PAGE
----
have public pay phones? We will rely on them to contact
relatives back home when we visit. Also, do cellular phones
function in Cloudcroft?

A - There are about a half dozen pay phones in the Village
(there is also an Internet hook-up in the convenience store for
those that can't wait to get back home to check their stocks,
email, etc).

The answer to your second question about cellular phones would
have been "maybe" a few years ago, but the cellular connections
here have improved considerably over the past several years and
outside of a few small isolated "dead spots," service here is
reliable. Many residents of these mountains in remote areas
not serviced by a regular phone line rely 100% on their 
cellular phones.
August 3 thru 6 -- Gathering of Circles. For more information
see http://www.jps.net/trvlnell/goc/

August 16 thru 19 -- Otero County Fair. Alamogordo.

August 18 thru 20 -- Singing in the Clouds. High School

August 19 (5-7pm) and 20 (11am-2pm) -- Mayhill Volunteer Fire
Department Enchilada Dinner. Mayhill Training Center

August 20 -- Governor's 10k Run.

August 26 -- Weed Reunion. Weed, New Mexico.

September 2-3 -- Labor Day Fiesta. Downtown Cloudcroft.

September 2 -- James Canyon Fire Department BBQ and Auction.
Dinner served at 5pm. Red barn -- Cloud Country Estates.
For an online calendar of area events, click the Events Calendar
link in the left column of our home page:


Dear Newsletter:

After a trip to your area last summer (late July), I absolutely 
fell in love with your town. I have spent the last year trying 
to figure out how to move out there. I hope that by the time my
daughter is out of school here that I can make that dream come 
true. I look so forward to receiving your newsletter every week.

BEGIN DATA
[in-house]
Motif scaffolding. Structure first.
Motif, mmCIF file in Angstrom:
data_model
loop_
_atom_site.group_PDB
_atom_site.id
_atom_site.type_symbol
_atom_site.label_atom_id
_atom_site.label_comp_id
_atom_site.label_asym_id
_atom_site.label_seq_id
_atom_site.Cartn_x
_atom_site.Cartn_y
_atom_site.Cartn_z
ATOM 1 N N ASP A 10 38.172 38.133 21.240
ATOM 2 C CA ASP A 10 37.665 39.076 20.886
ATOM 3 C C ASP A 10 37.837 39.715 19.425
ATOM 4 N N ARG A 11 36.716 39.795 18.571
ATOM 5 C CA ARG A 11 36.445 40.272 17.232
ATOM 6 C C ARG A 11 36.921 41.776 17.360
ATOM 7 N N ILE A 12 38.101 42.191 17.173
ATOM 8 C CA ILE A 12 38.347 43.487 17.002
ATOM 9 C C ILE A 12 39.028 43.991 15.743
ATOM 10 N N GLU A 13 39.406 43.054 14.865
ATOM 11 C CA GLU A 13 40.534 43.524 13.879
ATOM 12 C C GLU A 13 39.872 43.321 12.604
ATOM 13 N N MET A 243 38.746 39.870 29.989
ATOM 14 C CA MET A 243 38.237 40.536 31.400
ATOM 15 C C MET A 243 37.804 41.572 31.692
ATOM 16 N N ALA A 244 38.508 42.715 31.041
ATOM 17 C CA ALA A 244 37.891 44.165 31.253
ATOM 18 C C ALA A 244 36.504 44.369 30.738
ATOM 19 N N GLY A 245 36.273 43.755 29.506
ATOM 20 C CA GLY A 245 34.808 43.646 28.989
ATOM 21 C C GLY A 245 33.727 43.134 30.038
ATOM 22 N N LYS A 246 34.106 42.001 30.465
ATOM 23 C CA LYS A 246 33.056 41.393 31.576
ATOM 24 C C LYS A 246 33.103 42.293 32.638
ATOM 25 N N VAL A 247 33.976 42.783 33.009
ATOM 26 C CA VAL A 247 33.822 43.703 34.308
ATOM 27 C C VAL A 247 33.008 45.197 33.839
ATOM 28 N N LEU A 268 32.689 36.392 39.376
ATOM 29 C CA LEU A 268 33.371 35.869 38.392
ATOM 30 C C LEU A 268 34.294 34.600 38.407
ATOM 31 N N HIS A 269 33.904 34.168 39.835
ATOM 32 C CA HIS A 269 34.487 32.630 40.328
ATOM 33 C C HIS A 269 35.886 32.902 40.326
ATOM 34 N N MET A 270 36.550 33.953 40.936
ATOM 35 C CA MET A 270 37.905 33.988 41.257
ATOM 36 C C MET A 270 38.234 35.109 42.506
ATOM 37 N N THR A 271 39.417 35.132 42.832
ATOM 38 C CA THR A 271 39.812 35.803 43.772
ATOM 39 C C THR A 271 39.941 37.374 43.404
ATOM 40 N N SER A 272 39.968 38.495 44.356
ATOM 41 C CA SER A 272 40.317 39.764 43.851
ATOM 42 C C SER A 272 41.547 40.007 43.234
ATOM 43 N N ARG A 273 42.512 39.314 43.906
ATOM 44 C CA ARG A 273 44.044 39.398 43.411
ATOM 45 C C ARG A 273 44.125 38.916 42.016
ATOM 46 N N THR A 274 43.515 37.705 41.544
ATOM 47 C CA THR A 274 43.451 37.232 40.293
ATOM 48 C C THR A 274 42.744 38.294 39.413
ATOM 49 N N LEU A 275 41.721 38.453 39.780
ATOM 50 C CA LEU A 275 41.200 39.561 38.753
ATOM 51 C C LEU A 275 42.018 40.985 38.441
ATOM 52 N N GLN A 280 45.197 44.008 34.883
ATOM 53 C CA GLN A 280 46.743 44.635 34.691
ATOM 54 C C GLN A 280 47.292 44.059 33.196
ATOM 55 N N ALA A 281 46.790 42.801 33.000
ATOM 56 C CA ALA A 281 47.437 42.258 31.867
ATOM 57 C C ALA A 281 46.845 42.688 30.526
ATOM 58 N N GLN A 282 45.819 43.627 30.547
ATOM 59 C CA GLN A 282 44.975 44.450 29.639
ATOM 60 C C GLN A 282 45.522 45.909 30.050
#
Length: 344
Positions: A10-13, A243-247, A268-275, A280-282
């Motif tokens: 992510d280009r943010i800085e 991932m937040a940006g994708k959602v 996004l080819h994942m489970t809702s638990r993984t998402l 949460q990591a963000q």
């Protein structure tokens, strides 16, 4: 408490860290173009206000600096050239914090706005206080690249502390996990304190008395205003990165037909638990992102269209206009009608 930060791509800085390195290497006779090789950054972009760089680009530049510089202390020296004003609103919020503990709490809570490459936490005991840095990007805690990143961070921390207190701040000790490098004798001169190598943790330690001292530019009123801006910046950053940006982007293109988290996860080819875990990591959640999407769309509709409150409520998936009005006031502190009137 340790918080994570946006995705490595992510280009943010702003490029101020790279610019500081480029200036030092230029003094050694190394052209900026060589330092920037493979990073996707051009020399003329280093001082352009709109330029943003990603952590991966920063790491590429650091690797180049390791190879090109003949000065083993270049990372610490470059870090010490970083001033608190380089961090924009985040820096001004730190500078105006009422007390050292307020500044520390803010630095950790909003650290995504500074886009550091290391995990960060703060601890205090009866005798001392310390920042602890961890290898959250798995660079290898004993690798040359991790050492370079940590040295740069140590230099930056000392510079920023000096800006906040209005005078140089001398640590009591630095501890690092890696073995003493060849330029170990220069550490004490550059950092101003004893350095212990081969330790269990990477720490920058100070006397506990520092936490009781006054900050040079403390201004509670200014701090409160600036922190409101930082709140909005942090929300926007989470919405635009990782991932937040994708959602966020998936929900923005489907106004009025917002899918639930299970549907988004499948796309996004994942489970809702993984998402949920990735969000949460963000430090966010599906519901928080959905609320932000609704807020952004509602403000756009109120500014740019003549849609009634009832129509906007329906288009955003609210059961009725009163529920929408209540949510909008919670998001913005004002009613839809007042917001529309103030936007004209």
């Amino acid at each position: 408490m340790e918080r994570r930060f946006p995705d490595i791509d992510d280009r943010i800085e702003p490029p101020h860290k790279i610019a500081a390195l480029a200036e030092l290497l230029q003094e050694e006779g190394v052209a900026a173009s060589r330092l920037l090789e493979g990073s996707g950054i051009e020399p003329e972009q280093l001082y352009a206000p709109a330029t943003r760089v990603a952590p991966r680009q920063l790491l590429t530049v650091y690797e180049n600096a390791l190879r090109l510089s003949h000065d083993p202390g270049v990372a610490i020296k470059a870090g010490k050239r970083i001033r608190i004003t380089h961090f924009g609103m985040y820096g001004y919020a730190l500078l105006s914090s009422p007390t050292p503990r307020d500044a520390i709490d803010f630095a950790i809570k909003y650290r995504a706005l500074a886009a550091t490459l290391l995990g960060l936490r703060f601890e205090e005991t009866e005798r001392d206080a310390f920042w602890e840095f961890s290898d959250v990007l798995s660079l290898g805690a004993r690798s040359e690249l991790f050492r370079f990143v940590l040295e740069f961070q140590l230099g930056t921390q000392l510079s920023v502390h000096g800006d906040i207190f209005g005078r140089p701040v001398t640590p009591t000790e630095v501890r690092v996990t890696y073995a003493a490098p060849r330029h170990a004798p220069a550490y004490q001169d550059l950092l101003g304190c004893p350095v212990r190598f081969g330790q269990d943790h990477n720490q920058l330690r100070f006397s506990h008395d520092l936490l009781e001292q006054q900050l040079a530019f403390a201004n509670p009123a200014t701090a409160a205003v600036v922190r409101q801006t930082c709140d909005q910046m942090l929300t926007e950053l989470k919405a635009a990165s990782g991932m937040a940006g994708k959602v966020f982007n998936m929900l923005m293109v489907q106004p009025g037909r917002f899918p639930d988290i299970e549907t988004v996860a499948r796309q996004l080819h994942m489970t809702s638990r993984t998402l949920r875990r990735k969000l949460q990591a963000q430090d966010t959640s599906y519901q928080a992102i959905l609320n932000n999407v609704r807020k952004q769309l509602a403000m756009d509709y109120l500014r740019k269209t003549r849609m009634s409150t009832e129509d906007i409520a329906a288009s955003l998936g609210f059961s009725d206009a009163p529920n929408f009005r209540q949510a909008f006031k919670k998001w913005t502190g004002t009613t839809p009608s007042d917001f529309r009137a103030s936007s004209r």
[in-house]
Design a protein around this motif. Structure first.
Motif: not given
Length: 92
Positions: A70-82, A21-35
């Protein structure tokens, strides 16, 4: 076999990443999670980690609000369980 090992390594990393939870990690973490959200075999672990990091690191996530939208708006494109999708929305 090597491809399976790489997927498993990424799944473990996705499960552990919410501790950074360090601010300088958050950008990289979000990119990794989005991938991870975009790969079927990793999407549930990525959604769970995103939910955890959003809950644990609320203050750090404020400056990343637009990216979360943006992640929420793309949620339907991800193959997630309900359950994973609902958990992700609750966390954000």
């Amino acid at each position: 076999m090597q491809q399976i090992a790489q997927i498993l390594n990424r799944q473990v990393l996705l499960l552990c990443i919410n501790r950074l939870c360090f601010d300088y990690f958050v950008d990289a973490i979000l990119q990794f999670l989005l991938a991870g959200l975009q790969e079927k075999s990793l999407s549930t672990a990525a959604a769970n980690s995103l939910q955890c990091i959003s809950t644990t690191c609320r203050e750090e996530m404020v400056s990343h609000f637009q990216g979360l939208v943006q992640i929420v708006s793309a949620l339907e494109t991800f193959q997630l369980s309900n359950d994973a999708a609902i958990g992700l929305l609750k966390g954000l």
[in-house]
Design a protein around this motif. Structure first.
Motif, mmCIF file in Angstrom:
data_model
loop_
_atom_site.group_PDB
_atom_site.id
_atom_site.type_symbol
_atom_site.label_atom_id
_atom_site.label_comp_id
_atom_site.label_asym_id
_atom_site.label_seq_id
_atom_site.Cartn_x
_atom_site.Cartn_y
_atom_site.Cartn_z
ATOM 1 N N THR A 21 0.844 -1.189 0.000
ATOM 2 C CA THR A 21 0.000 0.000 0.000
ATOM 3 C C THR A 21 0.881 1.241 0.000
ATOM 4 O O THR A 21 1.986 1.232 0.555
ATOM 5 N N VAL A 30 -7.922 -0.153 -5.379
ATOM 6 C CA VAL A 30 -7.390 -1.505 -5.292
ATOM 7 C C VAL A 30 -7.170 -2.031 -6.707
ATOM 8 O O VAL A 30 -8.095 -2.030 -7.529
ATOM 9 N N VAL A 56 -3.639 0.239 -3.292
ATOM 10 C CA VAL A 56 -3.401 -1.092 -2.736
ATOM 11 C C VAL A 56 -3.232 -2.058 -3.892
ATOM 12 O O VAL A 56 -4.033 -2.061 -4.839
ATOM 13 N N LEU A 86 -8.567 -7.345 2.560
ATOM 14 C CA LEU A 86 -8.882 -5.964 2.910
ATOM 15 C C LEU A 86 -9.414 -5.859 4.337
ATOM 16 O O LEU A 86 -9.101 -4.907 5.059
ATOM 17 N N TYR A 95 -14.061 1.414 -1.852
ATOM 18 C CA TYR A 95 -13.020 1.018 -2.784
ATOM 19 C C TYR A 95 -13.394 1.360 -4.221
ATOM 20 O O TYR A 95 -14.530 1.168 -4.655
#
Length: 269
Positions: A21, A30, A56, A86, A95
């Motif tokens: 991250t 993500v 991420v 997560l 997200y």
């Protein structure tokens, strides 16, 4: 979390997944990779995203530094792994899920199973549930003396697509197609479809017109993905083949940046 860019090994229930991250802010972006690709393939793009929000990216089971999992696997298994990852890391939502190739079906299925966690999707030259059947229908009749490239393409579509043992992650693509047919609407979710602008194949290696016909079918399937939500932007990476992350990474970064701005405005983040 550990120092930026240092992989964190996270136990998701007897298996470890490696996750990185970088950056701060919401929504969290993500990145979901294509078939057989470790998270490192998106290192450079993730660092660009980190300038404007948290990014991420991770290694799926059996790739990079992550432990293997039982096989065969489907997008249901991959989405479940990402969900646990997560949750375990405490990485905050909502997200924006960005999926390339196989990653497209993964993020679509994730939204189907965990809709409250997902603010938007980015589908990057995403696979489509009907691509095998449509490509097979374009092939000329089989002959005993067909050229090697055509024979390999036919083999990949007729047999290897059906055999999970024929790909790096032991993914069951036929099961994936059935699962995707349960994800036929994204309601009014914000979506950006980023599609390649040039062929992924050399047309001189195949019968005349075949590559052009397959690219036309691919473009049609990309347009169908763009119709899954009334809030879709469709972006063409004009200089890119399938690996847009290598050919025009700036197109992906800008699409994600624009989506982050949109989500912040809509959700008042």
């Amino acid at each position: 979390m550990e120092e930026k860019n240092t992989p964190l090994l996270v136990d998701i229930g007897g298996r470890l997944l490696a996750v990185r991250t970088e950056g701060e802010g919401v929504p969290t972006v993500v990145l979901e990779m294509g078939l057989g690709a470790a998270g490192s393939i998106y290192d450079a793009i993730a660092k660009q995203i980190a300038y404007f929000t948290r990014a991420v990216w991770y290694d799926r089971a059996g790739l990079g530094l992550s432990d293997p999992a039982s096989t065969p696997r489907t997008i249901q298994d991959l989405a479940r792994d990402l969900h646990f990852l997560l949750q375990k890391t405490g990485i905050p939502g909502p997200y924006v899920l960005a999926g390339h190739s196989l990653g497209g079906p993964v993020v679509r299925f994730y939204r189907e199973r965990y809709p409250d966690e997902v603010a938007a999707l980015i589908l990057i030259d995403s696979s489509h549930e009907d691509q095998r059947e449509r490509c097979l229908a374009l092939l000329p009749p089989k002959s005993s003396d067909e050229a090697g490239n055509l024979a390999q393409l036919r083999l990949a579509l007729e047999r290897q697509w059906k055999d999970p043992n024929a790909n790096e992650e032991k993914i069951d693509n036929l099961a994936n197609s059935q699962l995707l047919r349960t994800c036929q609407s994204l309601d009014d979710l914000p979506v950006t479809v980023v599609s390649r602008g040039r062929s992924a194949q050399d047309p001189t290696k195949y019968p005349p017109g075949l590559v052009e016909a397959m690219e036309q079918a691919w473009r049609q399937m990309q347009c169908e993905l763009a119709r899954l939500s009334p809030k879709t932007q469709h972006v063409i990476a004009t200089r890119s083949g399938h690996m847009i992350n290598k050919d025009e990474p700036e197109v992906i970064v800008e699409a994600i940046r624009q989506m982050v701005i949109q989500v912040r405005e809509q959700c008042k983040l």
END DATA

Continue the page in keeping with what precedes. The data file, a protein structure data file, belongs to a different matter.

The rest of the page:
Your correspondence during the fire was wonderful. Keep up the 
good work and I will see everyone next chance I get to come out. 

Susan Ayers
Boyd, TX

Dear Newsletter:

Hello again, I could not help myself but to put in my two cents 
worth on Sharon and C. A. Swanson's comment regarding what Ms. 
Kemp sent in the week of 7-21 on the new housing developments in 
and around Cloudcroft.

As just a warning, this could get lengthy. Myself along with a 
lot of others I am sure feel the same way as I do. There is no 
need to destroy the mountain's beauty by building more 
subdivisions when there are existing places already for sale that 
have more character than any new home. I too have a dream of one
day living in that area, however, I do not have nor would I want 
to have a new subdivision in order to do so, an older home would
be just fine and would not take away from the beauty that is 
already there.

That's the problem with this country now. We go and clear out 
the forest and open lands to build new places for people to live
in, and let the old vacant areas that no one wants to be around 
continue to just sit there rot and fall apart. Now that's what 
will happen here too; just think about what I said in the last 
sentence again. Yes, I may make every developer in the area
who reads this upset, but that's too bad, because it's true. 
It's all about MONEY. Think about it, you know the old saying 
money makes the world go around not true, that's what has 
continued to destroy this country. In this case, it takes away 
what everybody goes there for, as was said by Sharon. (We come 
to this place to "escape" as do many others), and I feel, also, 
we come here for the peace, the quietness, and the smell of the
mountain, and not the smell of further development. What has 
destroyed so many other beautiful places?, "Further Development"